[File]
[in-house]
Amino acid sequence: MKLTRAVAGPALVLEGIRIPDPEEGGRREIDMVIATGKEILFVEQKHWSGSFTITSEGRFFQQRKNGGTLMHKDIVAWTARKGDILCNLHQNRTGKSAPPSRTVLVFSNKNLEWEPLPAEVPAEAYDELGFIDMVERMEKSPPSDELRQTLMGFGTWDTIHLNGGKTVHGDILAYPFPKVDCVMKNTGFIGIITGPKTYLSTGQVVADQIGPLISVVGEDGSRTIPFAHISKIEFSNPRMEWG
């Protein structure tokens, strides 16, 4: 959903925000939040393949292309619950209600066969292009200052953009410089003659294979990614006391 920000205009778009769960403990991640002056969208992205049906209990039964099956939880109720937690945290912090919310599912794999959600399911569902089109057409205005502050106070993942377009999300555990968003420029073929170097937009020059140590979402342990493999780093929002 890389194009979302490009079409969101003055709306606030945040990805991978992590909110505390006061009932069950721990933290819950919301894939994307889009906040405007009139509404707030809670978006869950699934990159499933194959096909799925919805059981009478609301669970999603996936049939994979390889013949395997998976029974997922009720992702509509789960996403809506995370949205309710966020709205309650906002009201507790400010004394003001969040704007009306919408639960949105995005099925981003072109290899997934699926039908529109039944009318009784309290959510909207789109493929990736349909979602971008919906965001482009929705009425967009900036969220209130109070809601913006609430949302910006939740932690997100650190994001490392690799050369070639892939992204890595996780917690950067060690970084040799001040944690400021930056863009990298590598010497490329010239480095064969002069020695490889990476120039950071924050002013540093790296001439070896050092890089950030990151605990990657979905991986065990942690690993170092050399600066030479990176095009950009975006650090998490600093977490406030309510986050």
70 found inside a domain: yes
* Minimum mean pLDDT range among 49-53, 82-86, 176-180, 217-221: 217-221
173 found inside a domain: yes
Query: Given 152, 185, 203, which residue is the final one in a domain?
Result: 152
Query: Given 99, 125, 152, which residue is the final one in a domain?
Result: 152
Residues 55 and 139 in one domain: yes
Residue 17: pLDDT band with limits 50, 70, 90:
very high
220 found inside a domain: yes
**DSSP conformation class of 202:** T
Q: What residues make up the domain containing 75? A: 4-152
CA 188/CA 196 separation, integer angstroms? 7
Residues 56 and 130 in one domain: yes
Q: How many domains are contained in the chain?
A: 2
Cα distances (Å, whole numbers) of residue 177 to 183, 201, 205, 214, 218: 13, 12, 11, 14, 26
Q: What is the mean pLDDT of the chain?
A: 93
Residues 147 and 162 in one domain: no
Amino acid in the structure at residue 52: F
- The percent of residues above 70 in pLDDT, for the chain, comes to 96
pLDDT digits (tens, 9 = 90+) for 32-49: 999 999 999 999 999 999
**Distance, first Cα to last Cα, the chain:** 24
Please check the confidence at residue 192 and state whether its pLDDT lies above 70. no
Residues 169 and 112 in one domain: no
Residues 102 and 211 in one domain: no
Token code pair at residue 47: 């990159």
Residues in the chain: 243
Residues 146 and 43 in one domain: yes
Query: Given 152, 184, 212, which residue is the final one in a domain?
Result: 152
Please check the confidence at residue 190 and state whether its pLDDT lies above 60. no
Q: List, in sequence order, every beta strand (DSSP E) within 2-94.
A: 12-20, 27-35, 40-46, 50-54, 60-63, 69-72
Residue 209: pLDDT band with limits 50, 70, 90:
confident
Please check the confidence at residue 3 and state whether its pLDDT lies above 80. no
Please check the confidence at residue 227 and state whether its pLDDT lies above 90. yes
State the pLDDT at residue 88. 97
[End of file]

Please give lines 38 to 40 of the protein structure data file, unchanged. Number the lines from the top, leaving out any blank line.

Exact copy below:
Q: List, in sequence order, every beta strand (DSSP E) within 2-94.
A: 12-20, 27-35, 40-46, 50-54, 60-63, 69-72
Residue 209: pLDDT band with limits 50, 70, 90: